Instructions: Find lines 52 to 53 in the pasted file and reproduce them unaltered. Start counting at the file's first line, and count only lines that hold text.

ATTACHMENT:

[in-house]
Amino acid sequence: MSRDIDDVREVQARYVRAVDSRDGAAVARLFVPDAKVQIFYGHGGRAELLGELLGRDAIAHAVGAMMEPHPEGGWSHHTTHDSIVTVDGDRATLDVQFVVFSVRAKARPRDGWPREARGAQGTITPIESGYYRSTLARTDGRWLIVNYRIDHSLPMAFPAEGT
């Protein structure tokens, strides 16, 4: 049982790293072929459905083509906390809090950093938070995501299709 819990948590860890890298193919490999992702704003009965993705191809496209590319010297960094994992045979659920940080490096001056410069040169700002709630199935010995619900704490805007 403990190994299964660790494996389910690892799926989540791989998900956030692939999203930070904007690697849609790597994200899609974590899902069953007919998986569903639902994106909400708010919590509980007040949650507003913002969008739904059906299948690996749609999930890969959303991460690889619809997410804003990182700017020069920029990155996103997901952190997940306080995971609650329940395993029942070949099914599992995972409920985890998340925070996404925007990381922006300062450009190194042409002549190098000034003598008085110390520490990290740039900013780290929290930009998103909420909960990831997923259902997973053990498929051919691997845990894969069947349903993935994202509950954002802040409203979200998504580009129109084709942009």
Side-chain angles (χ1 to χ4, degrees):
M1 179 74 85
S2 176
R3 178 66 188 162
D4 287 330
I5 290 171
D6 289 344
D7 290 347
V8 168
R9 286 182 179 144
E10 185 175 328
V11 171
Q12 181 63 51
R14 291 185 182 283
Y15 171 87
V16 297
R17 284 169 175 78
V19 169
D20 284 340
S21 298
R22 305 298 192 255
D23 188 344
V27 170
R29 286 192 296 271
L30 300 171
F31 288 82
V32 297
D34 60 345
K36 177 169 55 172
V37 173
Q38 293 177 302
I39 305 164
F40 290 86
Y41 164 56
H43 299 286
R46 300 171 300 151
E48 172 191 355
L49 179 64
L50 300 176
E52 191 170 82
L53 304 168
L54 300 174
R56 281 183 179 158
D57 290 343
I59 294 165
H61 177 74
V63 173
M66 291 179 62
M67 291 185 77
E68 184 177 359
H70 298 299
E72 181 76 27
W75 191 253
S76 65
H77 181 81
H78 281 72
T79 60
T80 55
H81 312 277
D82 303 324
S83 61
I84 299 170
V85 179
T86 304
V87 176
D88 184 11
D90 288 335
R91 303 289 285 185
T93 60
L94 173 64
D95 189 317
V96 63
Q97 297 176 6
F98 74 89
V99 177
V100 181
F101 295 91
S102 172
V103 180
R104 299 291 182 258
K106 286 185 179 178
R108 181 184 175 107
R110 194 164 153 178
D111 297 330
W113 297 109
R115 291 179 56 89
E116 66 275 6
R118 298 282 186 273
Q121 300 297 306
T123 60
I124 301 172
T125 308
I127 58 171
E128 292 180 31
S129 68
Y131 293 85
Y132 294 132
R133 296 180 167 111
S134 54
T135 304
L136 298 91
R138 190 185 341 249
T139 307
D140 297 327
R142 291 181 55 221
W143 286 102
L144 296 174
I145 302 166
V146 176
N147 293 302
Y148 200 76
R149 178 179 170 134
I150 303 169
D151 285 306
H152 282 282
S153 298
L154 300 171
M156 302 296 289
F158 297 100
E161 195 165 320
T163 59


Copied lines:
M67 291 185 77
E68 184 177 359